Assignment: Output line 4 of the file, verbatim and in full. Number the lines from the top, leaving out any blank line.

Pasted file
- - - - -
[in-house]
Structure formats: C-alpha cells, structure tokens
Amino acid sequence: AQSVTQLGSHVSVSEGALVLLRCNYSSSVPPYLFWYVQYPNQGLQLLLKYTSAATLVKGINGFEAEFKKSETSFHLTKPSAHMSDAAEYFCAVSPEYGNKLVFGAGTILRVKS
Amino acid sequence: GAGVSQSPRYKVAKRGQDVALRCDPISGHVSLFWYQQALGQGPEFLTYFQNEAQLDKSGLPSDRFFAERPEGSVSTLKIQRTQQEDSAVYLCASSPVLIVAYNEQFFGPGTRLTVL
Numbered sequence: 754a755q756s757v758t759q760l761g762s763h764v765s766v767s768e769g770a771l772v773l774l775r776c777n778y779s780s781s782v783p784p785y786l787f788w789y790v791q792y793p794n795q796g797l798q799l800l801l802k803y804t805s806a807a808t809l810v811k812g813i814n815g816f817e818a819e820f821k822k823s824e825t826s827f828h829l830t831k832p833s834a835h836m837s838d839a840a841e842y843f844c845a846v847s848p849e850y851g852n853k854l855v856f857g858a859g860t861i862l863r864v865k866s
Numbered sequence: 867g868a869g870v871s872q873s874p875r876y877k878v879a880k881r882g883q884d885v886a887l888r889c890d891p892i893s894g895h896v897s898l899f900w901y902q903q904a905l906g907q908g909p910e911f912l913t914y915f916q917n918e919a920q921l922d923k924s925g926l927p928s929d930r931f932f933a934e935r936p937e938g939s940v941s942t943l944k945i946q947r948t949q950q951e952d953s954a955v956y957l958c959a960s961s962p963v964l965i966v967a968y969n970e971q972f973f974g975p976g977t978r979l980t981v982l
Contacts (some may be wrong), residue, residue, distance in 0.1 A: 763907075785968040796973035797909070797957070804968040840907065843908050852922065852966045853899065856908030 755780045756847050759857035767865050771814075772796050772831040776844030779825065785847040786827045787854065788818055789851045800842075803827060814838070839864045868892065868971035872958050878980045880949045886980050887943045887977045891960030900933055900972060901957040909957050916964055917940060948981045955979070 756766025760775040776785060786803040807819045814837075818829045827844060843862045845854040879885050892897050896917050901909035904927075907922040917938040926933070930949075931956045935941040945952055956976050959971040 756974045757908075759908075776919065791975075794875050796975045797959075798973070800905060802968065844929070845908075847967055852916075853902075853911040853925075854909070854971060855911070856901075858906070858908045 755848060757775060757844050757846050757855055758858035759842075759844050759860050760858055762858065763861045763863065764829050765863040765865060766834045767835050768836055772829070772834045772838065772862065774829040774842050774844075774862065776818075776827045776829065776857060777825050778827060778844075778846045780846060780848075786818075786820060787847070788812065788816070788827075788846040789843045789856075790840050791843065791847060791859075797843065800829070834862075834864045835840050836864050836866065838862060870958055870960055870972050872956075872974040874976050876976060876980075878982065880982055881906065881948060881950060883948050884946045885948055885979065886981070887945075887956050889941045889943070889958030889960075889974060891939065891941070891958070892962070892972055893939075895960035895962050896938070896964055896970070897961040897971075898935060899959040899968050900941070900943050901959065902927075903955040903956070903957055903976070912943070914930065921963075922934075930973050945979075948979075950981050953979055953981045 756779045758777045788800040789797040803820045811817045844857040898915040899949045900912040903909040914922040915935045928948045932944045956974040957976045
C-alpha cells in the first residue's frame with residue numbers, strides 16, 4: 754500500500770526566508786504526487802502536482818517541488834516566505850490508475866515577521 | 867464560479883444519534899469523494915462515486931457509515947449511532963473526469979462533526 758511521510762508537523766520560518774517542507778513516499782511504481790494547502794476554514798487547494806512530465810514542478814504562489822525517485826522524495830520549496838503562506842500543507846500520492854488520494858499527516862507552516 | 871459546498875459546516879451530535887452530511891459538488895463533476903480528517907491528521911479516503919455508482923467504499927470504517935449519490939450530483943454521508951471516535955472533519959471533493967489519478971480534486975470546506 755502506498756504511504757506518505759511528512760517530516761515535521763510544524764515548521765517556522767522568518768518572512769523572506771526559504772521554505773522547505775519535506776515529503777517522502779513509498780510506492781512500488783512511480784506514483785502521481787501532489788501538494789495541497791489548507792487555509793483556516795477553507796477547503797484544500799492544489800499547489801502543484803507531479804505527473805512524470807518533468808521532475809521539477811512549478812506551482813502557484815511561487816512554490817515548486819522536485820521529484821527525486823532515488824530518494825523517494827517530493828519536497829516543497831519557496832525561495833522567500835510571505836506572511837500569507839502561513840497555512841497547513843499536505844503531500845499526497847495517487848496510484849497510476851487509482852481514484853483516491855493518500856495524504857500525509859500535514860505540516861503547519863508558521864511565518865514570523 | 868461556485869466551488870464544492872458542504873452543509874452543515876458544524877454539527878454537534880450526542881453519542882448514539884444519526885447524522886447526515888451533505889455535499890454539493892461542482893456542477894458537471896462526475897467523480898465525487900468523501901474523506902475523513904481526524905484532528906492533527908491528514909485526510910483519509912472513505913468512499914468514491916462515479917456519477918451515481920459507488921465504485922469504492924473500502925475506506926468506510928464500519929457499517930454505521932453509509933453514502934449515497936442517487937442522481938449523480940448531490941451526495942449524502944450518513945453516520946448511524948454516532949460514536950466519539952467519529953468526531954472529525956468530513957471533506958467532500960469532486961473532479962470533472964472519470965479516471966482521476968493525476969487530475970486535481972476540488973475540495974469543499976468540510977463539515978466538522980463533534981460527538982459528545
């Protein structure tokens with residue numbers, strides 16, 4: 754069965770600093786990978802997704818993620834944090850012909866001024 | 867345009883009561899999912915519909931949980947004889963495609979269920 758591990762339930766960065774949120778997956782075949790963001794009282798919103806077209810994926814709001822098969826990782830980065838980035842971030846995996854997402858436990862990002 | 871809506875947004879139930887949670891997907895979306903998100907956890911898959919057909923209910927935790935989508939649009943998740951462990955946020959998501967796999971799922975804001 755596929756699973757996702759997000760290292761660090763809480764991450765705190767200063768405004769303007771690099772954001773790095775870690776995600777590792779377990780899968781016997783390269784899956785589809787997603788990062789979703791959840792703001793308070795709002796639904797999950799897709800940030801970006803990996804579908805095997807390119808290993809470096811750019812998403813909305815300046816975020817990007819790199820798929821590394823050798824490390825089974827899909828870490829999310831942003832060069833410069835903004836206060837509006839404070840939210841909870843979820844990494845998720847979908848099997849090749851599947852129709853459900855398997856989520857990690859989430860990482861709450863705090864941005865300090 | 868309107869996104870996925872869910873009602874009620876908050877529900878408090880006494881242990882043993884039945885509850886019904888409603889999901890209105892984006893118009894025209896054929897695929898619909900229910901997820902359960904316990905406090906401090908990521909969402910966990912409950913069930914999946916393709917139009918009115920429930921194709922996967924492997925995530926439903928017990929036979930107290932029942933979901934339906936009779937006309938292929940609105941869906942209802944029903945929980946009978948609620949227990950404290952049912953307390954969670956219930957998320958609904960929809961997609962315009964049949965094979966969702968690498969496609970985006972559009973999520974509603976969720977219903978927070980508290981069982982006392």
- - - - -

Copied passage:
Amino acid sequence: GAGVSQSPRYKVAKRGQDVALRCDPISGHVSLFWYQQALGQGPEFLTYFQNEAQLDKSGLPSDRFFAERPEGSVSTLKIQRTQQEDSAVYLCASSPVLIVAYNEQFFGPGTRLTVL